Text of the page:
Quiet agent of change

Murray Tilyard. Photo by Gerard O'Brien.
Murray Tilyard. Photo by Gerard O'Brien.
From a top-floor corner office looking straight up Dunedin's George St, Murray Tilyard is overseeing a medical group that is quietly changing the way health services are delivered to thousands of New Zealanders. That number is set to grow exponentially. Business editor Dene Mackenzie caught up with Professor Tilyard this week.

Murray Tilyard (59) has been thinking about health practically all his life.

The Helensburgh general practitioner is also the Dunedin School of Medicine Professor of General Practice and now the chief executive, or executive director, of a group of health entities revolutionising the delivery of some health services.

Last week, primary health care provider Midlands Health Network claimed a top prize in the Waikato District Health Board best of health awards. The project - eReferral best practice generic template - won ahead of six other projects.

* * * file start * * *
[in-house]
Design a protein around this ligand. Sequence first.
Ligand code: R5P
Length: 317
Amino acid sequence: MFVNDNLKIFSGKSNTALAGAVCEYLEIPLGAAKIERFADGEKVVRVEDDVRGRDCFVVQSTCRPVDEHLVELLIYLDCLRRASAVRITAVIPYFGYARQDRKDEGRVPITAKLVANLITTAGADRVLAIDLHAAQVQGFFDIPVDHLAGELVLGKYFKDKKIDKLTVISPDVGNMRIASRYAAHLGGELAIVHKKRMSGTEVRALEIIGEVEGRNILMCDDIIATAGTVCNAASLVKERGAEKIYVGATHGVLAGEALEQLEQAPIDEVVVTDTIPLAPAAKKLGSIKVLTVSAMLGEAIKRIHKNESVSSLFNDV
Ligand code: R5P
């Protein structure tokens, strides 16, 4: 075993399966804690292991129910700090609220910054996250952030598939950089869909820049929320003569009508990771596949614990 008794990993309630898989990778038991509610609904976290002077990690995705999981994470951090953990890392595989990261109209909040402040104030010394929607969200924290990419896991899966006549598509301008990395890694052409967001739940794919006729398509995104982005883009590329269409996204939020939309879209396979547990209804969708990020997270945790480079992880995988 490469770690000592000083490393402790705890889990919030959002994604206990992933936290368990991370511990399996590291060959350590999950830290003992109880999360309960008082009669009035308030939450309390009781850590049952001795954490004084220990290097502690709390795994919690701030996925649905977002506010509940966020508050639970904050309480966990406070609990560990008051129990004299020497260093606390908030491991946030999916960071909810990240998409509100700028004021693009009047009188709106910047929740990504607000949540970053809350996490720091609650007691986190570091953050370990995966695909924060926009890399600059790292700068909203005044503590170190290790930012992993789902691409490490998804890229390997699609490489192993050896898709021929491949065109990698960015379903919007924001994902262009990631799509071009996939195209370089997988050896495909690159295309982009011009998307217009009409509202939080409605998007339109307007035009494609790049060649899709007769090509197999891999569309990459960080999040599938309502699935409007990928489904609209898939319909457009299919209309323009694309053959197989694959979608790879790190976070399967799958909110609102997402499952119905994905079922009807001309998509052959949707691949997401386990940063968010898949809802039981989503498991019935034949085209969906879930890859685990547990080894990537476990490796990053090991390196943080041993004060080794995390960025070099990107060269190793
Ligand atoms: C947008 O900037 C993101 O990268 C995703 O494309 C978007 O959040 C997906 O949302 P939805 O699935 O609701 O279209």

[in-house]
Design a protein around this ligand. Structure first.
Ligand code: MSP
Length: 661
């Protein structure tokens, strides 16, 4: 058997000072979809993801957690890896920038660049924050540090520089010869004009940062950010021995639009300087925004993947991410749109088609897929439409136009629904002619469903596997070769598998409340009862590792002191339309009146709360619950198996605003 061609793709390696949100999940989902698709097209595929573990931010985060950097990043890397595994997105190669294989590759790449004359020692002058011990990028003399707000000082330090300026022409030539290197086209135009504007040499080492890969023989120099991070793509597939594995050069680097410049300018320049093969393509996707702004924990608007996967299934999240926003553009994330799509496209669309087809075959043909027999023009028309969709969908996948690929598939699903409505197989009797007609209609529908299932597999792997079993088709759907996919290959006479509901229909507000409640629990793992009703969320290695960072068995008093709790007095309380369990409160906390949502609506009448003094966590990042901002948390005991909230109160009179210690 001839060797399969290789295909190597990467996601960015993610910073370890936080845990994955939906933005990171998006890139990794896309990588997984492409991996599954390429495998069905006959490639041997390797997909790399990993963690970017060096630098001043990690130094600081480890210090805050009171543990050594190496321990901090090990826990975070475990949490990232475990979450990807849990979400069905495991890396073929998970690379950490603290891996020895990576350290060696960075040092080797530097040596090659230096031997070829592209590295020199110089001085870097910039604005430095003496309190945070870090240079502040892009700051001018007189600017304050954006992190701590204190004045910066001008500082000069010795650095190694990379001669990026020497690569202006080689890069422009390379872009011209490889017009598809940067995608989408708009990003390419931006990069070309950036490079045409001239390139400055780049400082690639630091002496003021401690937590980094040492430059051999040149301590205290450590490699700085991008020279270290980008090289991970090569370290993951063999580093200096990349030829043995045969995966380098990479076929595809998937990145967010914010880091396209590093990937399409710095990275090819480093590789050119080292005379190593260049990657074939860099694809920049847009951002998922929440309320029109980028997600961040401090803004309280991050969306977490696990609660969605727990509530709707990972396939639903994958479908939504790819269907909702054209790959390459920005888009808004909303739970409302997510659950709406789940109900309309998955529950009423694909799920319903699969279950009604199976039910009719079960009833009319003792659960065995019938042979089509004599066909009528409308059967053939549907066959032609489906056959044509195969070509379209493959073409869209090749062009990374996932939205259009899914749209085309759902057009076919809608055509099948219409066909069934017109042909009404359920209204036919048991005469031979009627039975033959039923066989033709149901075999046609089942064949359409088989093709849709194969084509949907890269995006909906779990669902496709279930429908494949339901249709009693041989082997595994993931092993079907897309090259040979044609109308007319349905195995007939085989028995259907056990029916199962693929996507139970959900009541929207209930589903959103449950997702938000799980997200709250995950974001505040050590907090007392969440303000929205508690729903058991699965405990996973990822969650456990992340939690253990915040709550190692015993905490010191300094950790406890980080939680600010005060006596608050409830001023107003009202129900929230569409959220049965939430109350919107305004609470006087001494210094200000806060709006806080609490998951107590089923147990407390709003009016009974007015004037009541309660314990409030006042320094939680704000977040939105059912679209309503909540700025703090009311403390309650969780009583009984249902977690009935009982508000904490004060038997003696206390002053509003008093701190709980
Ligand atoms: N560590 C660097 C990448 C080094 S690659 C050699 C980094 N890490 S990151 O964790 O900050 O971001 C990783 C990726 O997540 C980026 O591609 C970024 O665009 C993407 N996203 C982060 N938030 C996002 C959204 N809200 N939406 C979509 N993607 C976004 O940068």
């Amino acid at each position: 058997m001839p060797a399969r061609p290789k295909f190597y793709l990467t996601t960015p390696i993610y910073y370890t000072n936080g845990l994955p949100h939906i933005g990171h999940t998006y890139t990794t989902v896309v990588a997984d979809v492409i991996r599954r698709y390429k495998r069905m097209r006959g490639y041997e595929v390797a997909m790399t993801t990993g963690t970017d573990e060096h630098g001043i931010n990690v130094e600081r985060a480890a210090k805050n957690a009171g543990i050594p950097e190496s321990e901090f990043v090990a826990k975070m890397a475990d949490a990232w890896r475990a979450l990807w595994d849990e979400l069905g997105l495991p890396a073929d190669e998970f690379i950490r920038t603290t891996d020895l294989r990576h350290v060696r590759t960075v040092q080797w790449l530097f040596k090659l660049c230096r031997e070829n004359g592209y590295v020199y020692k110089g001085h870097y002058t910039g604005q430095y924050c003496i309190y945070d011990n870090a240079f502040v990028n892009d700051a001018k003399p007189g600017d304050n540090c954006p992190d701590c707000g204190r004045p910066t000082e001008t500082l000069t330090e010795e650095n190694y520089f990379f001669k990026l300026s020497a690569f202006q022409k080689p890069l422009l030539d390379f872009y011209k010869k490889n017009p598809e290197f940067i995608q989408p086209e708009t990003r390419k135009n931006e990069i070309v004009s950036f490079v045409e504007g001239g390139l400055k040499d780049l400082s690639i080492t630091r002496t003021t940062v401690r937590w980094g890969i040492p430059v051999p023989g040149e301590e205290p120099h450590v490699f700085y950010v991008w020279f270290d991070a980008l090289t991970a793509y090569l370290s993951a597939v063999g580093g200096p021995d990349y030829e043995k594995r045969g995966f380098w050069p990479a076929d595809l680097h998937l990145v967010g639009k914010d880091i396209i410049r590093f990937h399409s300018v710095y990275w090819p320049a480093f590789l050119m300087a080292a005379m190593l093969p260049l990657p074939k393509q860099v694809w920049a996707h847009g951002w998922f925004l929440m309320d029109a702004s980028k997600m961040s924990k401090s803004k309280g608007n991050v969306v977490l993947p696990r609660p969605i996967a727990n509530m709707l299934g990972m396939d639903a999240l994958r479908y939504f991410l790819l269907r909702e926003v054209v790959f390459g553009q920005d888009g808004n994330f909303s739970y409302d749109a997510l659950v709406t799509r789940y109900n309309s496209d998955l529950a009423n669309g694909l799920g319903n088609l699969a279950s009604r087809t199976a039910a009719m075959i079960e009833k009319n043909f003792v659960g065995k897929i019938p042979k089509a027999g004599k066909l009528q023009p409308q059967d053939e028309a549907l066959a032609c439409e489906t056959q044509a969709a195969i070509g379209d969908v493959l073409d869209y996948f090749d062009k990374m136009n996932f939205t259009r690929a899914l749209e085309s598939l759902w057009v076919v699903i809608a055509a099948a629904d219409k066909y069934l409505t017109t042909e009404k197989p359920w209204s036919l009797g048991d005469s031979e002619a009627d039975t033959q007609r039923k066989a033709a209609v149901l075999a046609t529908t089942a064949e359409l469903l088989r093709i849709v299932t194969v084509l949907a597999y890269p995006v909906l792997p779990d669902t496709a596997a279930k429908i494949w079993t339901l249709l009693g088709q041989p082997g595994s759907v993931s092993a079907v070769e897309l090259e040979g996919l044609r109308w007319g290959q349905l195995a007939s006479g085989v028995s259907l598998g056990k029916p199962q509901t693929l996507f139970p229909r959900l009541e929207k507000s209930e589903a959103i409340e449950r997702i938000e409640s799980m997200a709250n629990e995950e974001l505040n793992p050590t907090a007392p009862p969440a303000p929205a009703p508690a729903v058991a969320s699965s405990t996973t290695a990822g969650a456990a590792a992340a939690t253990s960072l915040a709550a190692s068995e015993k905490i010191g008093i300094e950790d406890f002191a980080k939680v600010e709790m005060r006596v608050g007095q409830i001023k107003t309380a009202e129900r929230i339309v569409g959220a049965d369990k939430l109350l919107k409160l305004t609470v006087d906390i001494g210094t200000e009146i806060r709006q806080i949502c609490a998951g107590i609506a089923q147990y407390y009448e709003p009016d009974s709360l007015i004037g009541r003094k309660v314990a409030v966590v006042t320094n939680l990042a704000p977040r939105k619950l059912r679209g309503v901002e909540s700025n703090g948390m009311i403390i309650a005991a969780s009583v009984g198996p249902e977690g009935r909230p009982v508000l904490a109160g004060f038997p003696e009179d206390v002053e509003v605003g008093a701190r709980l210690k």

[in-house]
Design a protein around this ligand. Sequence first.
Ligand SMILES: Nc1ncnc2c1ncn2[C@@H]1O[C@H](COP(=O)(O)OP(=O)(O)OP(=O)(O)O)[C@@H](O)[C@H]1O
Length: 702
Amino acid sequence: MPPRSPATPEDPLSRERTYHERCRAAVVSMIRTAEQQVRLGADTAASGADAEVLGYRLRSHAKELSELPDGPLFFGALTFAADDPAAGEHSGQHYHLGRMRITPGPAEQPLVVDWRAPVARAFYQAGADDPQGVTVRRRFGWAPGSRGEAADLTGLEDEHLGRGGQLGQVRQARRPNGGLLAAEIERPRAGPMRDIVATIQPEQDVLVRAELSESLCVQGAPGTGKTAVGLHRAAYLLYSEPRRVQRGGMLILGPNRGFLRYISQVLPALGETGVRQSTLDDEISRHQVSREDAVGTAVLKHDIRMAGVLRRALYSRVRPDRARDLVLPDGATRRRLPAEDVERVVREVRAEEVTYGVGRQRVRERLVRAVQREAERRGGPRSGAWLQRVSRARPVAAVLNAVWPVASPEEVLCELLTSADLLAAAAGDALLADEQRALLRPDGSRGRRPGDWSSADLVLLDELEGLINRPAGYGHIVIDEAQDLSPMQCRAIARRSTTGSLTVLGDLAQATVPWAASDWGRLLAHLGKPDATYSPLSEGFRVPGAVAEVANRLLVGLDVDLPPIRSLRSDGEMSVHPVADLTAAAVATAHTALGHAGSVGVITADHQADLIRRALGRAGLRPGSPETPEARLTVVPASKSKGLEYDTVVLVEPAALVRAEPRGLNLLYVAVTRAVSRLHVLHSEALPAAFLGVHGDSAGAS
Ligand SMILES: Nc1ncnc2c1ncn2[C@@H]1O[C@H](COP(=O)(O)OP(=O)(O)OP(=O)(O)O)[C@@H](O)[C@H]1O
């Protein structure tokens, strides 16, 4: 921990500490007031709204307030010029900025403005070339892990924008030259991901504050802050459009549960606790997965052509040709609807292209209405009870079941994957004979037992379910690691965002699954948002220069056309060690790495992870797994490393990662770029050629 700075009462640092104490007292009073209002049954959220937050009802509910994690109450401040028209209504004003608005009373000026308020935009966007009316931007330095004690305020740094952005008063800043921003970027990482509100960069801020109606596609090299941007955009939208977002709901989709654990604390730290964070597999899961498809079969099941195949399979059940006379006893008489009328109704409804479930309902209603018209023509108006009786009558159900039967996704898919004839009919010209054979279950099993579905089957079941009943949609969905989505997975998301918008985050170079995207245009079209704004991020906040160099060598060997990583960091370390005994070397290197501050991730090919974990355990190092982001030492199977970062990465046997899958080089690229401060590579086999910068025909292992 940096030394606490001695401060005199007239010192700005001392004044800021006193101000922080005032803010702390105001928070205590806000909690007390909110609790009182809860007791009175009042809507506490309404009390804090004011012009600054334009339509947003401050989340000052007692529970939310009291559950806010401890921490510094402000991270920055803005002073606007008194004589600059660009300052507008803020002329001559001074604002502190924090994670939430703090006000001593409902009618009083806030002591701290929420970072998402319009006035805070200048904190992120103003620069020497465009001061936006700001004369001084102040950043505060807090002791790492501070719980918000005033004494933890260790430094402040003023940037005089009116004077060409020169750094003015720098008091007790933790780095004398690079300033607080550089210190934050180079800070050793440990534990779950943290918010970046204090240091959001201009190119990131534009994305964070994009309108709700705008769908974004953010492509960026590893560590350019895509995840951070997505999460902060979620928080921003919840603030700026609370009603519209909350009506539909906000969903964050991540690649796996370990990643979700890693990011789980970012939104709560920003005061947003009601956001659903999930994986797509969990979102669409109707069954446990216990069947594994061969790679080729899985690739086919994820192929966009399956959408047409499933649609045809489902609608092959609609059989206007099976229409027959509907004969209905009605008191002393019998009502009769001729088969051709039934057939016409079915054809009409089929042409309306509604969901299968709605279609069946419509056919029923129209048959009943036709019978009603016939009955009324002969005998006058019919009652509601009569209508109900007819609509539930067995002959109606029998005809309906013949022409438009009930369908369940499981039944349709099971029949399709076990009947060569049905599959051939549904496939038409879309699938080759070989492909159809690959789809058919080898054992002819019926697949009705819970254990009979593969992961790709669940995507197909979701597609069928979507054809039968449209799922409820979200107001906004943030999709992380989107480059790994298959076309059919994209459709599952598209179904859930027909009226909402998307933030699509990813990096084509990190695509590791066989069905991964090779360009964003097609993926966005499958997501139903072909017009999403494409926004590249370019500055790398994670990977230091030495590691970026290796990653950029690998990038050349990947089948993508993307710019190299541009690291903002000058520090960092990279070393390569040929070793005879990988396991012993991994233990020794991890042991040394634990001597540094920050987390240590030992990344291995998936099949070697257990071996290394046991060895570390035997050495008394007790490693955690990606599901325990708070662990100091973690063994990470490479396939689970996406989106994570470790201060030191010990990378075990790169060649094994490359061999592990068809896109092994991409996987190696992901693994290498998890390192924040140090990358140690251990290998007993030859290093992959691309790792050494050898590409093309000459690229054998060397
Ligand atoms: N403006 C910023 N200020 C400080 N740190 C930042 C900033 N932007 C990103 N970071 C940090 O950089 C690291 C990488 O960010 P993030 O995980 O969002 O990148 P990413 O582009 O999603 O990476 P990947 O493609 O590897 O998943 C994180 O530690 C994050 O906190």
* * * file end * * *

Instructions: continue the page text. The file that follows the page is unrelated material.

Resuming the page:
The eReferral system was developed in Dunedin by one of the companies associated with Southlink Health, the group started and now overseen by Prof Tilyard.

The local group comprises Southlink Health, BPAC Inc, BPACnz, New Zealand Formulary and Southlink Health Services. All groups are not-for-profit and have charitable status.

All surpluses are ploughed back into development and education, after overhead costs are met.

The group employs 76 people in Dunedin, a further 22 in Otago, another 36 throughout the rest of the South Island and has an annual turnover in excess of $25 million.

Prof Tilyard expects the turnover to have increased a further $8 million by the end of the year and to increase by a further $15 million to $20 million in the 2013 calendar year.

A further 45 staff will be added to the group by the end of 2012 and another 50 to 90 in 2013.

"We do this through cutting-edge health IT technology, education and knowing and managing the health businesses all as not-for-profit entities."

Prof Tilyard acknowledged the group had been largely off the radar for several years.

"I suppose that this has suited us in the past. But we have a great team, dedicated to their work and I think they need to be acknowledged."